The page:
Gardening becomes elementary at Falmouth schools
FALMOUTH — Elementary school students might be eating their school work this fall.
Falmouth Elementary School's new Learning Garden is growing this summer, after donations of time and money helped create a garden that will be integrated into not only the curriculum, but also the students' diets.
School nurse Sue Raatikainen has been leading the effort to get the all-organic garden started and is now tending it over the summer with help from students volunteering through the town's Community Services program.
Raatikainen said the garden will be tied to things students are learning in class, such as kindergartners learning about the life cycle of the monarch butterfly, or students conducting soil experiments for science labs.
"I love that this brings gardening to the kids," she said. "It's such a great skill, and gardening is something you can do your whole life."
On Tuesday, incoming ninth-graders Tim O'Kenny, Jacob King and David Verdi helped water and weed the garden. The work will give them a head start on their 30 hours of community service required for graduation.
Other students will volunteer throughout the summer to help maintain the garden, said Kate Harris, recreation coordinator for Community Services.
"It gets the boys outside and lets them see what they can do in community," she said.
In addition to volunteering at the garden, Harris said the students will help maintain trails with the Falmouth Land Trust and organize food and other goods at the Falmouth Food Pantry.
The garden, which is on the side of the elementary school next to Falmouth Middle School, is on a small slope, landscaped with large rocks, flowers and blueberry bushes. It has five raised gardening beds, allowing each grade to have its own miniature garden, although the kindergartners share with the fifth-grade students.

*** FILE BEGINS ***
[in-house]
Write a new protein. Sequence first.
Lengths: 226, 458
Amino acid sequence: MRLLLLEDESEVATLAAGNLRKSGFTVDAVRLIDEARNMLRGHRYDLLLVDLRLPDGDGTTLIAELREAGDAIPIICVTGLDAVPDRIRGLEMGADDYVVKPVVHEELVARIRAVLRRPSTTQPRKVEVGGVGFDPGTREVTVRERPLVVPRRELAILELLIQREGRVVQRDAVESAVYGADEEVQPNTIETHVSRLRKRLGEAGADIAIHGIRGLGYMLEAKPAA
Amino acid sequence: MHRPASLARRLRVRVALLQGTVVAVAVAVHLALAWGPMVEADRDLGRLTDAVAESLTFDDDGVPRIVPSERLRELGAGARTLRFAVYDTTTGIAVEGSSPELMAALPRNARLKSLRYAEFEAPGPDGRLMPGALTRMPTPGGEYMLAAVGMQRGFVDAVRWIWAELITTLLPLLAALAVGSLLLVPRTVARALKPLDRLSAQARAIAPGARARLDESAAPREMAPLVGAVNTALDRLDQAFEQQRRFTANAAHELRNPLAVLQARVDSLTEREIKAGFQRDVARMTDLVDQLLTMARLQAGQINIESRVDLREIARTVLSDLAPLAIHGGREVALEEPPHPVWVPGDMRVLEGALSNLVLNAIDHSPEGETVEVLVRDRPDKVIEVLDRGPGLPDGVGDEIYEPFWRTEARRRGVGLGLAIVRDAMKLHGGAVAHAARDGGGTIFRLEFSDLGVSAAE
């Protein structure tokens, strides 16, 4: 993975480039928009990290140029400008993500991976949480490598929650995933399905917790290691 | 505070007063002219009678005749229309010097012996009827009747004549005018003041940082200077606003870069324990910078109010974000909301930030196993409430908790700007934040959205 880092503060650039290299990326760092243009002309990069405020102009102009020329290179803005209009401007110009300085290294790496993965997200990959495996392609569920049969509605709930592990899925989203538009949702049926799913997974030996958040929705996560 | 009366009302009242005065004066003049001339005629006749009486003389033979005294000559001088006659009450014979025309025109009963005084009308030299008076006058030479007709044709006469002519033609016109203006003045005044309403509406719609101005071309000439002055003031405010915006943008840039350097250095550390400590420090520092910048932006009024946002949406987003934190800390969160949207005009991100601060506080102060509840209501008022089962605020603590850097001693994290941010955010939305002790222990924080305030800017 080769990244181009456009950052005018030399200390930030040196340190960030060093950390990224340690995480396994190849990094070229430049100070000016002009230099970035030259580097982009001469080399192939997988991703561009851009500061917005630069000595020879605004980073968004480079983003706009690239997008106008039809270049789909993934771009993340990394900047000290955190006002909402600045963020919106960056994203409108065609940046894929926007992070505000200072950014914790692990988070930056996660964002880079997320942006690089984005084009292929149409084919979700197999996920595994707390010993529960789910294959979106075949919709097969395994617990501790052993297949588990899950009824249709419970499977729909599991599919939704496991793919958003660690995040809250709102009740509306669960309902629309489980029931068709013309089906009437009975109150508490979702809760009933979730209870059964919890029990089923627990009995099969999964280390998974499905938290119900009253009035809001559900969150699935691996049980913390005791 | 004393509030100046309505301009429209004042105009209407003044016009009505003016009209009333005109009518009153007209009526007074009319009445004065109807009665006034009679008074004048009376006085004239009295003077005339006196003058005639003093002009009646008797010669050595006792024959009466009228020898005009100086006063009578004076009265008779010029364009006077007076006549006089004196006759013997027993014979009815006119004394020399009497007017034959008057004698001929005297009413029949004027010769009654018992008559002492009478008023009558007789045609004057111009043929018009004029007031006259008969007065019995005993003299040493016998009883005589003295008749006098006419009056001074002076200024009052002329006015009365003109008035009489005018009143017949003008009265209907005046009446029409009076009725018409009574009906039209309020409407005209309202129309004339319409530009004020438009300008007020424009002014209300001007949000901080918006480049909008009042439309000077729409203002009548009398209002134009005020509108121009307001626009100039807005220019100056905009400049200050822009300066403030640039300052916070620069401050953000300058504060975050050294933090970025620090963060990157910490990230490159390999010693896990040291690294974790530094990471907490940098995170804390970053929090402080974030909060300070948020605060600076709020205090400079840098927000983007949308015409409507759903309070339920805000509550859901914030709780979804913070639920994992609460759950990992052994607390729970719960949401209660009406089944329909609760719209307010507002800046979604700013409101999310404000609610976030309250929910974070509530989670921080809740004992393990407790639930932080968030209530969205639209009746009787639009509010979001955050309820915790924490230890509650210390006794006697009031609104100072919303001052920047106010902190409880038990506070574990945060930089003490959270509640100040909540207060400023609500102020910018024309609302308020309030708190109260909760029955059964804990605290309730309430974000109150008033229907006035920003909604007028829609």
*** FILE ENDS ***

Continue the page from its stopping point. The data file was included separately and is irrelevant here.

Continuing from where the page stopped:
All the mini-gardens in the Learning Garden are different, too, each one growing plants the students are interested in, Raatikainen said.
First grade has a pizza garden, growing herbs including oregano and basil. Second grade has a salad garden, which will produce lettuce, cucumbers, radishes and other vegetables for salads.
The third-grade students are growing bean stalks and other vine-like produce for their climbing garden. Students in fourth grade will oversee a stew garden, complete with everything to make a healthy soup, including beets, carrots and squash.
The shared fifth-grade and kindergarten garden will be dedicated to beans.
Food grown in the gardens will be integrated into the school's food program and donated to the food pantry, Raatikainen said.
And while Falmouth High School and Middle School already have gardens, she said the Learning Garden will be the first for the elementary school.
A student coin drive in March, coupled with parent donations, raised nearly $3,000 to help pay for some of the labor and materials used to build the garden. The lion's share of the work was done by volunteers, Raatikainen said, including an elaborate bench overlooking the garden built and donated by local architect Gunnar Hubbard.
In September, the garden will make its public debut during a statewide school garden open house organized by the Maine School Garden Network.
Raatikainen, who will provide updates on the garden's progress on the School Department's Wellness Blog, said she hopes teaching kids about food and how it grows will help them better understand the benefits of gardening.
"The garden will show them how to grow food, how good it can taste and how good it is for you," she said. "The goal is to make them all life-long gardeners."